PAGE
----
Aug 14 2014

Conversation | Mainstreaming Psychedelia | The Revival of Hallucinogen Research since the Decade of the Brain with Nicolas Langlitz and Emily Segal of K-HOLE

Thurs | 7pm

As European and American countercultures clashed with “the Establishment” in the late 1960s, scientific exploration as well as recreational and spiritual uses of psychedelic drugs were driven underground. As US President George H. W. Bush announced the 1990s as the “Decade of the Brain,” a new generation of psychopharmacologists interested in these substances used the hype around the neurosciences, money from Californian dotcom millionnaires, and psilocybin from Switzerland to bring psychedelics back into mainstream science and society. In conversation with Emily Segal from K-HOLE, anthropologist and historian of science Nicolas Langlitz will talk about his investigation of this revival. 
Nicolas Langlitz is an anthropologist and historian of science studying epistemic cultures of mind and life sciences. He is the author of Neuropsychedelia: The Revival of Hallucinogen Research since the Decade of the Brain (2012) and Die Zeit der Psychoanalyse: Lacan und das Problem der Sitzungsdauer (2005). He is currently working on a project on the interdisciplinary exchange between brain researchers and philosophers of mind, especially in the context of neuroscientific dream research. He has also started a new project on how culture became an object of natural scientific research in primatology and related disciplines. He is Assistant Professor in the Department of Anthropology at the New School for Social Research in New York.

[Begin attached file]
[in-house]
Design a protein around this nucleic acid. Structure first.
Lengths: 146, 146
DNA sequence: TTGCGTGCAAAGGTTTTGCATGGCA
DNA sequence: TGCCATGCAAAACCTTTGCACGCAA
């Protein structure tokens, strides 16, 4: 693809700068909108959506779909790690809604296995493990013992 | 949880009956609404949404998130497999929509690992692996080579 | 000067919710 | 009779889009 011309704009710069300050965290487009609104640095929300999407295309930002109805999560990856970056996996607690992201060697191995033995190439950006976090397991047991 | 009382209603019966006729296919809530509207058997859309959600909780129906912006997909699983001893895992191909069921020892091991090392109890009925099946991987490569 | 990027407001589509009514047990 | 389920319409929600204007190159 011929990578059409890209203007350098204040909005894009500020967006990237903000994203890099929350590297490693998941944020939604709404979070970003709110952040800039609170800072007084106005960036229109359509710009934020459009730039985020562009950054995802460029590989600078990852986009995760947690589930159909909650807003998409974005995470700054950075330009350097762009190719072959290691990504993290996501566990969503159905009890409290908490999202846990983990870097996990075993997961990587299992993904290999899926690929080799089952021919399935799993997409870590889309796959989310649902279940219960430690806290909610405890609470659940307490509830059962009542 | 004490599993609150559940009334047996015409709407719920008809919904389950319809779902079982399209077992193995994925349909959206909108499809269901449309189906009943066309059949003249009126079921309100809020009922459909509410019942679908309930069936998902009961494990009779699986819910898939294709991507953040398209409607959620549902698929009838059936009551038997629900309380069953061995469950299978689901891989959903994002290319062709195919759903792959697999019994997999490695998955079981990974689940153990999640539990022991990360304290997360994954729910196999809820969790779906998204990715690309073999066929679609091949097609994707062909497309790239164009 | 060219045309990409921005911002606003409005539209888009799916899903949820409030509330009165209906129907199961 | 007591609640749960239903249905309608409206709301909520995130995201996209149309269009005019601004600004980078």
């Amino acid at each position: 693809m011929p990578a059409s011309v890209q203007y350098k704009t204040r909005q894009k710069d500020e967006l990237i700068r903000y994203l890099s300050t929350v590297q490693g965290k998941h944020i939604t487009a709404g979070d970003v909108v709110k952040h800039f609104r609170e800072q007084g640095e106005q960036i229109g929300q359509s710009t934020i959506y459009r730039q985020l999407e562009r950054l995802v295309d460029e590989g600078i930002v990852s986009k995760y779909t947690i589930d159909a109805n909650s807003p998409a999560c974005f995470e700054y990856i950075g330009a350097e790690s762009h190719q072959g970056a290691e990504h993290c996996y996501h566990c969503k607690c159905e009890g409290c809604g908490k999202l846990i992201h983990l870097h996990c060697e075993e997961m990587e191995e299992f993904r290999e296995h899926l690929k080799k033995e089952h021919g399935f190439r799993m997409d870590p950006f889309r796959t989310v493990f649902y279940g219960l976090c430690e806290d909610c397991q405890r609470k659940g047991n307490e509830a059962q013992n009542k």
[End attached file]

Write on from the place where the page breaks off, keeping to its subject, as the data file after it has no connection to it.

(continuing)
Emily Segal is an artist and consultant based in New York. She’s a co-founder of the trend forecasting group K-HOLE, a strategist for corporate branding projects at Wolff Olins, and a contributing editor at the magazine 032c in Berlin. Her talks on branding and consumer culture have taken place at at DLD, MoMA PS1, the Serpentine gallery, and TEDxVaduz.

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Nicolas Langlitz’s photo of Psilocybin capsules, 2008

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